latest add 7 2 X 6 X 4 feet ends cut to your own design. Bamboo poles. 2 - 1X 3 with 3/4 inch holes drill every 6 inches to let ends of bamboo poles to slip into for support. Next will be the 1/2 inch pvc pipe to hold the plastic tarp from touching the foliage.. Right now it looks like the e-buckets may be to close to each other and may hamper the fruit from maturing due lack of light. I had orginally thought about making a shelf 2/3 the way up ,but now i realize that would really block the sun. I could go wider with another row of buckets on each side but would be hard to get to the inside fill tubes.
where we stand right now
7 landscape timber @ 1.99 = 14.00
4 PT 2X6X 8 ft. @ 3.00=12.00
2 PT 1X3X 8ft. @ 2.00=4.00
3inch screws 1 lb @ 4.00
3 tubes of liquid nail @2.99 = 9.00
Uh, Ms. Barrister,
Yeah, I do! But, not until mid-February when I put out the tomato seedlings. I'll need to know how to tie the knots for the trellises, so, don't procrastinate too much longer. I'd say you can stall until right up until the New Year, when I'll be sowing the tomato seeds...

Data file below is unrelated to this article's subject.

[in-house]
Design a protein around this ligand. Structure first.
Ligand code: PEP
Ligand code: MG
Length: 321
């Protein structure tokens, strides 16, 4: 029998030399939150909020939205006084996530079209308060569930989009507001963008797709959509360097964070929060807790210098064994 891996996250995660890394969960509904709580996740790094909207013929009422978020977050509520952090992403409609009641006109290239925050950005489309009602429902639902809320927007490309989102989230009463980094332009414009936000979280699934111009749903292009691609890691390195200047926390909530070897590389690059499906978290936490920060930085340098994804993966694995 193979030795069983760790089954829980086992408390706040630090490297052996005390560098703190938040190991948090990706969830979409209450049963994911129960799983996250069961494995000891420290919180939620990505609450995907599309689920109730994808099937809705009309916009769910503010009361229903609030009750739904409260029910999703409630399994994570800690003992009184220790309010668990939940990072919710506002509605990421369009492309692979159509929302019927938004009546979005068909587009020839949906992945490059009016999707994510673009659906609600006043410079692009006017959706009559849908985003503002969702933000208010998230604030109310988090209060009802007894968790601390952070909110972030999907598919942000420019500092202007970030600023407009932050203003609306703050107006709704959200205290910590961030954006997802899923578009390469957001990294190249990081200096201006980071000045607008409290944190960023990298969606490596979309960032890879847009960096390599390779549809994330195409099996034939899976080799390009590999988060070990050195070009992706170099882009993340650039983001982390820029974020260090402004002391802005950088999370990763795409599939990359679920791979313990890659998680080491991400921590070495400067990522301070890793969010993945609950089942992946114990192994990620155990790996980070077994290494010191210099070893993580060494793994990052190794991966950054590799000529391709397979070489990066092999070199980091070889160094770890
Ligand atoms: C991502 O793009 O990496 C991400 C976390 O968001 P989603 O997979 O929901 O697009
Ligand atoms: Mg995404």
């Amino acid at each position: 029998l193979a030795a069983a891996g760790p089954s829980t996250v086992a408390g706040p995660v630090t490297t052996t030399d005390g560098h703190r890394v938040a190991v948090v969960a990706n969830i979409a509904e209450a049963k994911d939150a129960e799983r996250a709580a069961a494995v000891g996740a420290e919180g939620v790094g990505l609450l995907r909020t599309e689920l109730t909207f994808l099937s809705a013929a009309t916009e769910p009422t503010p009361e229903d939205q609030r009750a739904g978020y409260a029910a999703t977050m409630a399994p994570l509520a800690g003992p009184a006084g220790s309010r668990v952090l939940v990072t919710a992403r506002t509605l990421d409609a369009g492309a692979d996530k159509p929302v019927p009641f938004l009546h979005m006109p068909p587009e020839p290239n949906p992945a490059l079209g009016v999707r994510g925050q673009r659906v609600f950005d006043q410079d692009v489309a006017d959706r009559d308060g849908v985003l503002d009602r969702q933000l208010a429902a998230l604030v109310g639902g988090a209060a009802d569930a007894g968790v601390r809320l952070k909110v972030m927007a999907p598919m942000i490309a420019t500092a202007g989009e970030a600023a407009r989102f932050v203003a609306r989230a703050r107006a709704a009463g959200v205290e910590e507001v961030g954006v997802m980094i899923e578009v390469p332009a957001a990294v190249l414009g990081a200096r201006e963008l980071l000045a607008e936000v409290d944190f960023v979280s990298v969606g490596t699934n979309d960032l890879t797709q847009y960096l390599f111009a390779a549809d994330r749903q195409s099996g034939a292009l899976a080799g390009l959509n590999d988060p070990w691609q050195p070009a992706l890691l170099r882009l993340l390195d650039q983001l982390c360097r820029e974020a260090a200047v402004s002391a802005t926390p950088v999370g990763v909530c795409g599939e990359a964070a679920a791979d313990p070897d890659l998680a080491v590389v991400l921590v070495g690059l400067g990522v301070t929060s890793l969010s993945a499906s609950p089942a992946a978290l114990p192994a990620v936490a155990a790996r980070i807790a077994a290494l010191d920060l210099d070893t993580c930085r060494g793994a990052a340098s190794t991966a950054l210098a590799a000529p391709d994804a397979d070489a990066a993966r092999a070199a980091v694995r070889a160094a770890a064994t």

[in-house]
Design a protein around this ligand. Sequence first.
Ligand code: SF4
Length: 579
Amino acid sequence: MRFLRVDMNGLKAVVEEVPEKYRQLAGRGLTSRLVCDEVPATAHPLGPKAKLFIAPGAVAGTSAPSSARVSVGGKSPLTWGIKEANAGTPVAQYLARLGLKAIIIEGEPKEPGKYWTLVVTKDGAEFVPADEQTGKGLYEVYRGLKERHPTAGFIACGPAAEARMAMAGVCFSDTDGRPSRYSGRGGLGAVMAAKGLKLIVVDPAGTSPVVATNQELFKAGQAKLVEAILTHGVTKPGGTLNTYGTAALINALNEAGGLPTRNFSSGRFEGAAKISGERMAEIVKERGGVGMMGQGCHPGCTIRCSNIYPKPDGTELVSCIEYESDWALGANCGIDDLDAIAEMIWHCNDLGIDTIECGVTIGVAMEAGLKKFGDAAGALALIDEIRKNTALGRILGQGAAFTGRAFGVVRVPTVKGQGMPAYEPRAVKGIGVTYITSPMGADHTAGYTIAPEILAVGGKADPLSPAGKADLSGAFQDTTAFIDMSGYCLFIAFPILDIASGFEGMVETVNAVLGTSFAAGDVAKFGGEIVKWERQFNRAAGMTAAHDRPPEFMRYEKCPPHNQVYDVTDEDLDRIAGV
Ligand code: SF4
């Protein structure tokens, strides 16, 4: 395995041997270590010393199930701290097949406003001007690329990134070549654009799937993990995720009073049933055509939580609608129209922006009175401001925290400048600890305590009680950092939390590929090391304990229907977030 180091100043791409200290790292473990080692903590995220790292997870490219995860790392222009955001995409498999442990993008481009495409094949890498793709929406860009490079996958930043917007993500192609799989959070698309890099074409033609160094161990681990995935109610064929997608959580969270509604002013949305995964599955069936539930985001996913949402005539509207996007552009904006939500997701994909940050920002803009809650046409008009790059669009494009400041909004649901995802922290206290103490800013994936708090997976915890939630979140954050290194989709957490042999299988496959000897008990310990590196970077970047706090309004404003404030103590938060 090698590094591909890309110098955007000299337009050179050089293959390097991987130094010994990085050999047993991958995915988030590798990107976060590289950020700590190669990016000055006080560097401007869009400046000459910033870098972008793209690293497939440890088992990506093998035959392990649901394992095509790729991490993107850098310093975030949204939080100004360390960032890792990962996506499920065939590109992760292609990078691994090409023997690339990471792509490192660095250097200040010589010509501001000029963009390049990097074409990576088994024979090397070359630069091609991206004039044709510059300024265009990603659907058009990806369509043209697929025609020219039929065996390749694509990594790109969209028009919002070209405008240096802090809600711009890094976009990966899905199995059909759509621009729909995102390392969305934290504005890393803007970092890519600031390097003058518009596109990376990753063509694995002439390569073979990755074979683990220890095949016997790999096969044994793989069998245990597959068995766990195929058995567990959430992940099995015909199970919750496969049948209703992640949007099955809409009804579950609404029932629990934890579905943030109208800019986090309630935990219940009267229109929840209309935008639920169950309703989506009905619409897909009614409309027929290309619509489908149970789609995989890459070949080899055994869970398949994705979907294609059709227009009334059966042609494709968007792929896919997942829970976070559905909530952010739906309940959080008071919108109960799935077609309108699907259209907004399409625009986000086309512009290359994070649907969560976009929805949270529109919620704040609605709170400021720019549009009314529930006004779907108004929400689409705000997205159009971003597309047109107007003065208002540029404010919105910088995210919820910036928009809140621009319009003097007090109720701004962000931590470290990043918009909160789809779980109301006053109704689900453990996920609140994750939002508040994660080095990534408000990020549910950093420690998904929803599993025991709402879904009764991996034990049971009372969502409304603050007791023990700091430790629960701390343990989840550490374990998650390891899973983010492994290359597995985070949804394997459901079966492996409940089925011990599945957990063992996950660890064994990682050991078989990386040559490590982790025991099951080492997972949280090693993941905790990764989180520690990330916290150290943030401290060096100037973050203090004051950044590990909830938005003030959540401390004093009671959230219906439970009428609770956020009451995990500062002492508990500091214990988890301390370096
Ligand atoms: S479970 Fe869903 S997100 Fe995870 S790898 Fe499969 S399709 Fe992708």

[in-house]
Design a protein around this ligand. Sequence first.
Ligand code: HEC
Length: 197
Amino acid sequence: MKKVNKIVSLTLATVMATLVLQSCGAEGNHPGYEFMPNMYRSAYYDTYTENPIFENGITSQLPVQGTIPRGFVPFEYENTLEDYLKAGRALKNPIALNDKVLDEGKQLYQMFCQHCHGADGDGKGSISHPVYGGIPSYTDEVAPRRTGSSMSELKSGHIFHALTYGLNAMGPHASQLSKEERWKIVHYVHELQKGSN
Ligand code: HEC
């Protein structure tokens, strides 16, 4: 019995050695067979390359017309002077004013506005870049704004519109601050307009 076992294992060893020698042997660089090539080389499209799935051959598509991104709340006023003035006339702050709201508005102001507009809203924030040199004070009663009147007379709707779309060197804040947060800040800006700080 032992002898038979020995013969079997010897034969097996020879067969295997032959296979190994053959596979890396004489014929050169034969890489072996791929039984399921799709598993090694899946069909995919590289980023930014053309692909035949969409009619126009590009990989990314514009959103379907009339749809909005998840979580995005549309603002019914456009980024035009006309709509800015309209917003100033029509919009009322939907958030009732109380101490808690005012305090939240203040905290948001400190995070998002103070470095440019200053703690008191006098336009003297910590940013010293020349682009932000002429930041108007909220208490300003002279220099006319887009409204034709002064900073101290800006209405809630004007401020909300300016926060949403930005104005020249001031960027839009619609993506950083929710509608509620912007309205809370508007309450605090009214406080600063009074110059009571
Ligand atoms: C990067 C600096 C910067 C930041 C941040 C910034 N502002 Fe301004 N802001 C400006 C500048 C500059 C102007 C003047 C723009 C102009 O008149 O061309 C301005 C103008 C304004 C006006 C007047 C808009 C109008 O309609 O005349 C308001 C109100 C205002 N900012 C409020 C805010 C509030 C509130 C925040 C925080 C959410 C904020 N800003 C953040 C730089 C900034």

I understand pro-cras-ti-na-tion!
P.S. Those strawberries are taking off in that eBerry Bucket! I hope I'm not damaging them by keeping them in the house until a few more sprouts pop out. Then, it's "out you go!" We had morning temps of 30 degrees, but that's the last of the freezing dips for awhile. Good thing is the sun is out and it warms up to the mid-50s during the day.
My bucket garden is staging their "Winter Olympics" right now! The broccoli are taking the gold with no competition, and the cabbages have the most silver medals! The Brussels Sprouts are working hard for the bronze, and the cauliflowers showed up to late to enter the games!
I have some birthday money from my dad. I want to get some paint to cover up the ugly orange (and also serve as camouflage against nosy neighbors/code enforcement since my back yard fence is chainlink and you can see straight through it), and I know I take sandpaper to roughen up the surface of the bucket, but what about the paint?
What type of paint would I use? Don't know if I have the patience to make a pretty design, but if I could, hubby may be more inclined to support my gardening efforts...
oh, okay - thought there was a paint-brush type paint. Was thinking of doing some freehand artsy stuff to it.
I'm kind of backwards - I'm growing many types of plants, but only four or five of each, so I'm only doing two or three e-buckets. I have to wait until it warms up a bit before putting any actual plants in, though - my last attempt at beginning of fall failed miserably.
btw - i see some of you stating that you have 200+ seedlings. WHERE do you put that many seedlings? or do most of you have some awesome plots of land? my back yard is about 60' x 30', but hubby won't let me use entire yard.